More details Image of the crowd on Walpurgis Night at the Thingstätte on the Heiligenberg in Heidelberg.

Walpurgis Night, Beltane, & the Night of Witches

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You’re already familiar with May Day and Beltane—but have you heard of Walpurgisnacht? On the eve of April 30 each year comes Walpurgis Night, a Germanic celebration of spring, fertility, and witches—as well as the Catholic Saint Walburga. Bonfires are lit, disguises are donned, and the night is passed dancing, drinking, singing, and telling tales of crones and hags as the month of May begins. 

Many Walpurgis Night customs overlap with the modern witch’s Beltane, a holiday distinctly inspired by the Irish Lá Bealtaine and Scottish Latha Bealltainn, which take place on the first of May. With Bealtaine translating to “bright fire,” this was one of four Celtic cross-quarter days, or fire festivals. Bealtaine marked the beginning of summer in Irish mythology. Great fires were lit, rituals for plentiful harvest performed, and cattle moved out to their summer grazing pastures, often driven between two fires for good luck.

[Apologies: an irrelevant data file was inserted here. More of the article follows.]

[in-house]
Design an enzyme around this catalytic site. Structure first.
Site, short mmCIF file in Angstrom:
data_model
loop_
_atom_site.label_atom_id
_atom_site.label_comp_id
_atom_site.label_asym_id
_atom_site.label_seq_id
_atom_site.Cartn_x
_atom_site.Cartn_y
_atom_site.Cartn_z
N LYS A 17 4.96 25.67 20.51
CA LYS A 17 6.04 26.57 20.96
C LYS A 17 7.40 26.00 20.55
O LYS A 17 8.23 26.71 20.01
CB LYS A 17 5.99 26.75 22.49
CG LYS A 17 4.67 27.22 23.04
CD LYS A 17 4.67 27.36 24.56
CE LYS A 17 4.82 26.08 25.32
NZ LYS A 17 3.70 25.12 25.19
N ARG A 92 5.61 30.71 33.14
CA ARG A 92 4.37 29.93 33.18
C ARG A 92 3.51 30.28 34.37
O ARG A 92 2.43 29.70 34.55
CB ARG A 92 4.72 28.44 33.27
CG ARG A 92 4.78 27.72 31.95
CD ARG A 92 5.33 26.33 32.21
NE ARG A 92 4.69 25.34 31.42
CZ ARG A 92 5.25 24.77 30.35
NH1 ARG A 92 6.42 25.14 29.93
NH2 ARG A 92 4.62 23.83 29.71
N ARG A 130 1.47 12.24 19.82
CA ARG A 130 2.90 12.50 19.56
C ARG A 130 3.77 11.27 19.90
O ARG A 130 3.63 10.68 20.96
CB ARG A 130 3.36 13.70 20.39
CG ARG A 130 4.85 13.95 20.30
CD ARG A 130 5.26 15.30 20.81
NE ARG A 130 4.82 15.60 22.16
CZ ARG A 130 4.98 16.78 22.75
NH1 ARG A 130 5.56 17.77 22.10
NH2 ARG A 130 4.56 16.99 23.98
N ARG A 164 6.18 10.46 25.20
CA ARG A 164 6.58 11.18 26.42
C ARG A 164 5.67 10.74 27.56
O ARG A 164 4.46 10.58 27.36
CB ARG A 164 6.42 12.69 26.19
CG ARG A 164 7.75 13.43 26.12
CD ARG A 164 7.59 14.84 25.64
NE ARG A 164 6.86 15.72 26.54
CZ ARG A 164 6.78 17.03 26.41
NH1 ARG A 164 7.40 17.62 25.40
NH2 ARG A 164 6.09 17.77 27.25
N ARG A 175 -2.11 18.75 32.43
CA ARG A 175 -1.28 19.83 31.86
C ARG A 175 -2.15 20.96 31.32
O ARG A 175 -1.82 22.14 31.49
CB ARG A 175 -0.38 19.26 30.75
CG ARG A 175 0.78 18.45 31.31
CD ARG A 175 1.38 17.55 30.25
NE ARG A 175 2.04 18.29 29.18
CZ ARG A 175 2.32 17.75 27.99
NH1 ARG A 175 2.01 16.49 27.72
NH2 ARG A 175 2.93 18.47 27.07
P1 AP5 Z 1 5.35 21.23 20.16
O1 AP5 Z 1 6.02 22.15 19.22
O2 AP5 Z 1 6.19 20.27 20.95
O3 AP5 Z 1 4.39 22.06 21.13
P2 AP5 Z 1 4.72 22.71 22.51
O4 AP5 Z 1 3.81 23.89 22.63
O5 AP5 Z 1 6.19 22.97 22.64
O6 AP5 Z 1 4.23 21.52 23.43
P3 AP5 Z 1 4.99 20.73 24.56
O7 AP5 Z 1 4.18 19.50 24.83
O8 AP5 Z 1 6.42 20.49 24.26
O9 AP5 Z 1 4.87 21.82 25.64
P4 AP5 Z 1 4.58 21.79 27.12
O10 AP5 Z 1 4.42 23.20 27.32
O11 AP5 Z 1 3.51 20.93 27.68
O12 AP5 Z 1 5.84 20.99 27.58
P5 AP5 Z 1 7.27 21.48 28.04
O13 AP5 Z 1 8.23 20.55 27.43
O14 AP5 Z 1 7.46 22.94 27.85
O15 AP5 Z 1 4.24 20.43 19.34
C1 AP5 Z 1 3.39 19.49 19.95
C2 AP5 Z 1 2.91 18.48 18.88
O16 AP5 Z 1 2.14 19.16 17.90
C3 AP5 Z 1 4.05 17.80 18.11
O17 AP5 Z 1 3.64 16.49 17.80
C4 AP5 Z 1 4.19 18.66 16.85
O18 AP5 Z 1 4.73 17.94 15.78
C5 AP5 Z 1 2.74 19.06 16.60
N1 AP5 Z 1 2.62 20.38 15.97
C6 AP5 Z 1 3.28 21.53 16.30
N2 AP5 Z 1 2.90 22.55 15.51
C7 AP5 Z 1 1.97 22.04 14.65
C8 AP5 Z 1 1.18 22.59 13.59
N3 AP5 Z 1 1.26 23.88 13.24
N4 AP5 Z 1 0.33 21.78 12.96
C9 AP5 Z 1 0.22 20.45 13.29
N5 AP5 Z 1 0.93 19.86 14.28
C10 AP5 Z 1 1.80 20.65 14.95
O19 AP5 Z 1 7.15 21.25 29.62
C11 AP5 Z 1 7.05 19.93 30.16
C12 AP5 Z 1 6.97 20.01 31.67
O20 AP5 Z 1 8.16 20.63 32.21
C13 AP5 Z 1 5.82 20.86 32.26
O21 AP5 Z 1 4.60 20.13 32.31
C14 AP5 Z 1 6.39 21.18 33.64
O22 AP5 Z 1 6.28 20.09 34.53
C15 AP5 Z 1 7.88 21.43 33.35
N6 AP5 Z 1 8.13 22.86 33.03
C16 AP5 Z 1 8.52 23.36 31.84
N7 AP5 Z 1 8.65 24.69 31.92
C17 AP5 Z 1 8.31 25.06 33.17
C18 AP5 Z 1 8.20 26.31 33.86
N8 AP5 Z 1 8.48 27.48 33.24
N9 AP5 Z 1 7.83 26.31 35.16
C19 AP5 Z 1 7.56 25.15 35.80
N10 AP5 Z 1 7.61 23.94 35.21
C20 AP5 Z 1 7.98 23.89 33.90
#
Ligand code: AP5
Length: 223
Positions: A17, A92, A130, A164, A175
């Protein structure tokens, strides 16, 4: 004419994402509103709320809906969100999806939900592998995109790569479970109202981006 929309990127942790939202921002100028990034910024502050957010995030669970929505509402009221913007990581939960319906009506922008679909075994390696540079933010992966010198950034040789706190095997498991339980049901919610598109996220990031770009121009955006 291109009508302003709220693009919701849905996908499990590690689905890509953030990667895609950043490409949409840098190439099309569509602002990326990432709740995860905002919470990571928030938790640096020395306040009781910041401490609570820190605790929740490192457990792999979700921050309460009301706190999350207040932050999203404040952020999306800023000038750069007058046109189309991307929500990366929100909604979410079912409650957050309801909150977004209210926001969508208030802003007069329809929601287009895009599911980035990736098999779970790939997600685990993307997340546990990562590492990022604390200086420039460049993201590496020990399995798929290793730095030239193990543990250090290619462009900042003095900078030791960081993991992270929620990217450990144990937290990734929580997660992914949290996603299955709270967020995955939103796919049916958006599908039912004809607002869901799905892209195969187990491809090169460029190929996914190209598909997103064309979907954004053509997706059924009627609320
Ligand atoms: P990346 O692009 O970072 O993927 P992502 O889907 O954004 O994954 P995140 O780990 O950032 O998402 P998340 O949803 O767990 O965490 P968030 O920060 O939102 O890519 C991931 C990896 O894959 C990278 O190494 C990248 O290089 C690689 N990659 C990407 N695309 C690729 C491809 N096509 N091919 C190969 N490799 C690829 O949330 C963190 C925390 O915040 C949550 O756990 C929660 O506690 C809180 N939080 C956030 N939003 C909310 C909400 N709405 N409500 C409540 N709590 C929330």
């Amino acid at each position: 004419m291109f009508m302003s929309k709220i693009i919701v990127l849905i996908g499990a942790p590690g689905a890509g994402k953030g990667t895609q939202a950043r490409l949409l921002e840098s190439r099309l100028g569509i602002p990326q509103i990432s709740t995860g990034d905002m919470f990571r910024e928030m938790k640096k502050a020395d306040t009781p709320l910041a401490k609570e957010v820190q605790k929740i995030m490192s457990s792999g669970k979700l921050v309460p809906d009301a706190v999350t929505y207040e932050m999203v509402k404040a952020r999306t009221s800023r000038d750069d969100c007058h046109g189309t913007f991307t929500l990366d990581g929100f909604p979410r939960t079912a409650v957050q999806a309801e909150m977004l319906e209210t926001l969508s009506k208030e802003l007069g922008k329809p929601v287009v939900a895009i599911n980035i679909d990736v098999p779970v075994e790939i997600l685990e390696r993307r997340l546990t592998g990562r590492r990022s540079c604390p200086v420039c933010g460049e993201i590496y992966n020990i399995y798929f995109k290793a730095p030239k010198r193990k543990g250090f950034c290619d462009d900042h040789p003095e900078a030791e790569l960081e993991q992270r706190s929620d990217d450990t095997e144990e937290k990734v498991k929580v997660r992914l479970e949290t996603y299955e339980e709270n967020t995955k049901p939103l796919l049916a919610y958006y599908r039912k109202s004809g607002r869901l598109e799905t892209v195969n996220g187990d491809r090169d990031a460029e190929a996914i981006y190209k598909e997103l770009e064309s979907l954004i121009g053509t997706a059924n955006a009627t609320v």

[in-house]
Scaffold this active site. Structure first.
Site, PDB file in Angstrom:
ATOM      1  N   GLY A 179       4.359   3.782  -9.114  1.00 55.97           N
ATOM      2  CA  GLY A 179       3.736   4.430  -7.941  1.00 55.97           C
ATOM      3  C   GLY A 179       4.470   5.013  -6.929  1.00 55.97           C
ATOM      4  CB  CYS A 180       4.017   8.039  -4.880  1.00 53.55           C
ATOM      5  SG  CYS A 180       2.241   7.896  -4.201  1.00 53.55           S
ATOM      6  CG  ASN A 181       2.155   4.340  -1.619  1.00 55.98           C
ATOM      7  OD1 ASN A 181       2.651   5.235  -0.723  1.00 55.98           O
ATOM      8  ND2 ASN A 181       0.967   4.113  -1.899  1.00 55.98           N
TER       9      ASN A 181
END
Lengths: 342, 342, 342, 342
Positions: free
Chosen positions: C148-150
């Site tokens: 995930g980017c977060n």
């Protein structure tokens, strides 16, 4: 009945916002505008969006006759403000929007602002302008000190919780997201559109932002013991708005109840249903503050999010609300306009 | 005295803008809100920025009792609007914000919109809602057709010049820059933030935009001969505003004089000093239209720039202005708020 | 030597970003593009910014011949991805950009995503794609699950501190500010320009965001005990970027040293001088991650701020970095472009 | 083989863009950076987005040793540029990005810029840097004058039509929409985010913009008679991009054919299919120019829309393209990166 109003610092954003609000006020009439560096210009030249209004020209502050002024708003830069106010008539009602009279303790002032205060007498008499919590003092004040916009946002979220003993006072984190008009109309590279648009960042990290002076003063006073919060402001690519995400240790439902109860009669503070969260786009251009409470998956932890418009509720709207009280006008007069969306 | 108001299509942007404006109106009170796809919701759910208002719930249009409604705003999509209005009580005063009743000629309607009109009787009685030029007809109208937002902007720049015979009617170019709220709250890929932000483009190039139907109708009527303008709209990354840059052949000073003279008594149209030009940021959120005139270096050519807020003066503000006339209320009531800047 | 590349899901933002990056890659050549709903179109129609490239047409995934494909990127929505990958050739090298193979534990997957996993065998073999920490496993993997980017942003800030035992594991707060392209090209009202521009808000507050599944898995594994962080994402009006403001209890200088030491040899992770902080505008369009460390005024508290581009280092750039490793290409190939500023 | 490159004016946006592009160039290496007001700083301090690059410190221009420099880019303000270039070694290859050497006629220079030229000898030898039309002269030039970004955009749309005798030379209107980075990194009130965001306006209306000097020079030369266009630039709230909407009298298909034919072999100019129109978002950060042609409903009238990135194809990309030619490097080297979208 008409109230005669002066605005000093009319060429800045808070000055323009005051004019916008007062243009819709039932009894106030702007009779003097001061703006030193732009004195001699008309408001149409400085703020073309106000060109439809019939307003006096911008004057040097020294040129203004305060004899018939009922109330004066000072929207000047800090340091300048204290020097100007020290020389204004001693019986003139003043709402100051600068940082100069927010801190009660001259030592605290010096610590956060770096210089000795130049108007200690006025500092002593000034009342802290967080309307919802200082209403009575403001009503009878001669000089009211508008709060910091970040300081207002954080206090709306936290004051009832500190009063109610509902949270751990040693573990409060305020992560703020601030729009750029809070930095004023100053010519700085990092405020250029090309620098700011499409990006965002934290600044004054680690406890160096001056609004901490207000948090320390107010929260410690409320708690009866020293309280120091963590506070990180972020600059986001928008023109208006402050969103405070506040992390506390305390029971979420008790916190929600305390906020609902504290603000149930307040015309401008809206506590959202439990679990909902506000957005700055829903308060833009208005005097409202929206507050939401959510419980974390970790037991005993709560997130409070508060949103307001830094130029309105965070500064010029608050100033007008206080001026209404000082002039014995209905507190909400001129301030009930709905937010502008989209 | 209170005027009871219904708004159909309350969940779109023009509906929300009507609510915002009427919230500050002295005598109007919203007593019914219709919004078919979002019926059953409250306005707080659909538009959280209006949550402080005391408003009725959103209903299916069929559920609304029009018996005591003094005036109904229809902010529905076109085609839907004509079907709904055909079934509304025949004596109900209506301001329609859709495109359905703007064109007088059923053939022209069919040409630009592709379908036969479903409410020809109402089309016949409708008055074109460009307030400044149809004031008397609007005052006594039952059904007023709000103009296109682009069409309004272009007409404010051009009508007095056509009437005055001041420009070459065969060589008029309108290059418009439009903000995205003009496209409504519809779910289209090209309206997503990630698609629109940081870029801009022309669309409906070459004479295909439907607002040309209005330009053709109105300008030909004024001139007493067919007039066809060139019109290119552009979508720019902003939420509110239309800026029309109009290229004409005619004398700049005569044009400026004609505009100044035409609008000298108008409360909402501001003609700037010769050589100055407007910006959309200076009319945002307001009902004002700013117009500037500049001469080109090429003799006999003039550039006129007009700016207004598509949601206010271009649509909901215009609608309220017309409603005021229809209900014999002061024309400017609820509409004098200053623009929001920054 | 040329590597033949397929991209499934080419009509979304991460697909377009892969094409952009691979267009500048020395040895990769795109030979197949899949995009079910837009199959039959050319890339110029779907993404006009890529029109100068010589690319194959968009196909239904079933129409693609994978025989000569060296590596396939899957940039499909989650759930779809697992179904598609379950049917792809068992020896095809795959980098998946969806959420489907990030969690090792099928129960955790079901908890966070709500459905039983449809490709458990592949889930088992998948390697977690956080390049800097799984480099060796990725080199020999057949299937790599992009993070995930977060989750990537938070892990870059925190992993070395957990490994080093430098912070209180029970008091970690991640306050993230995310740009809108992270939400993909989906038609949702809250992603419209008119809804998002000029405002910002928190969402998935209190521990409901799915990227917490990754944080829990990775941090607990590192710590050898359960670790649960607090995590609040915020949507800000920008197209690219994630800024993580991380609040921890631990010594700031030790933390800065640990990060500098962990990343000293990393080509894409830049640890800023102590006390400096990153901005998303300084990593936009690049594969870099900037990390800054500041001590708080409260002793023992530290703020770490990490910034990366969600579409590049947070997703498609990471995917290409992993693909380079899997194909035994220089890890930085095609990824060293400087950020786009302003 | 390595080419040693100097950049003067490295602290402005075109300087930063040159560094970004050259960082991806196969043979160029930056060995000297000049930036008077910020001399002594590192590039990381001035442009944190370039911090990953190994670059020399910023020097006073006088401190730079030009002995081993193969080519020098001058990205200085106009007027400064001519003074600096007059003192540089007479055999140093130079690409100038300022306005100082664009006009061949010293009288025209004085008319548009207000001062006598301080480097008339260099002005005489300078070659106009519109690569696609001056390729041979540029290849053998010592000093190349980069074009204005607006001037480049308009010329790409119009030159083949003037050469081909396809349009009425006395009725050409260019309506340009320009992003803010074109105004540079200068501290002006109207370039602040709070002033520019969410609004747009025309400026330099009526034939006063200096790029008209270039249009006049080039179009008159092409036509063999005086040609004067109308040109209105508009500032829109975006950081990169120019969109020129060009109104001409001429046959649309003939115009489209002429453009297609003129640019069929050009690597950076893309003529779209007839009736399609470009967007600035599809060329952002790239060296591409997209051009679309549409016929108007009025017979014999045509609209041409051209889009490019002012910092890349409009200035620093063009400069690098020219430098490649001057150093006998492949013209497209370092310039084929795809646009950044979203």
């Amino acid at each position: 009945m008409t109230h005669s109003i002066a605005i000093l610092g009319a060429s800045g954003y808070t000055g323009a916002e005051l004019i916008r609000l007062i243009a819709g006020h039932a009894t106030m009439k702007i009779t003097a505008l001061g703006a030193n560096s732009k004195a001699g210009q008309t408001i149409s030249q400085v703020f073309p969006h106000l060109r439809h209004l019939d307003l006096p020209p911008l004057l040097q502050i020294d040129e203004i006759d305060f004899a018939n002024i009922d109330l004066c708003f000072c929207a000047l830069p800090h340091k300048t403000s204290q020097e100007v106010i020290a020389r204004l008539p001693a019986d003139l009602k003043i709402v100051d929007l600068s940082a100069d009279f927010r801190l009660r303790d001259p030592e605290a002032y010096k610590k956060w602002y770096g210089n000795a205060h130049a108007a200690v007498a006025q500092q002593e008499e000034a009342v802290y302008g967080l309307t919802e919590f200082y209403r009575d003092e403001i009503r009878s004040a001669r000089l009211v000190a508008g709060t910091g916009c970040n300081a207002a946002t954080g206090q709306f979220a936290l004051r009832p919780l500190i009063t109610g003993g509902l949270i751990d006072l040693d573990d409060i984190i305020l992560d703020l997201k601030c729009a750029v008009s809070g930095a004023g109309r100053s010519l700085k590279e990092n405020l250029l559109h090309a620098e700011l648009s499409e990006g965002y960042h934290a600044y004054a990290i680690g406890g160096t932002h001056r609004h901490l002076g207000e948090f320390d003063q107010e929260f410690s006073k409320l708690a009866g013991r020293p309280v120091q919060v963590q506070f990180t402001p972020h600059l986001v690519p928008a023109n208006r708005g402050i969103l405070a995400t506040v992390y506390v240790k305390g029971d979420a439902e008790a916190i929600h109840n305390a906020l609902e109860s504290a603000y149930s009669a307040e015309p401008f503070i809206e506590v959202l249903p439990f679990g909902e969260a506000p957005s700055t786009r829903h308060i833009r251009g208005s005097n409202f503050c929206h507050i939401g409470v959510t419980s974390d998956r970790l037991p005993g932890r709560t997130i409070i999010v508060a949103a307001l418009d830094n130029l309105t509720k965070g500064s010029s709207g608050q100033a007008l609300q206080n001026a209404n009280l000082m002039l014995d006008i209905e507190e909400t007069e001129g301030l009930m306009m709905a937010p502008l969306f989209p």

While we don’t know the full extent of cultural exchange between the Celts and Germanic pagans across an ancient Europe, it seems likely that these seasonal traditions could share similar roots. We’ve already explored Beltane at length; now, let’s dive into the legends surrounding its Germanic cousin.

Observed throughout northern Europe and Scandinavia, Walpurgisnacht is a mottled decoction of folklore, history, and magic. Why the witches—and what’s Saint Walburga got to do with this, anyway? In this article, we’ll investigate Walpurgis Night’s pagan roots, its association with the Catholic saint, the witches who’ve shaped the modern holiday, and how folks celebrate today.

Header image by Andreas Fink ( at de.wikipedia - Own work, CC BY-SA 2.0 de.

The Origins of Walpurgisnacht

Burning an effigy of straw in the day, "Midsummer" on the lake

Pre-Christian farmers who lived by the whims of the weather had every reason to recognize and ritualize the turning of the seasons. As the prime time for planting season, fertility of animals and the Earth became particular focal points around halfway between the vernal equinox (now Ostara) and the summer solstice (now Litha), a theme that likely extended to marriages and relationships as well.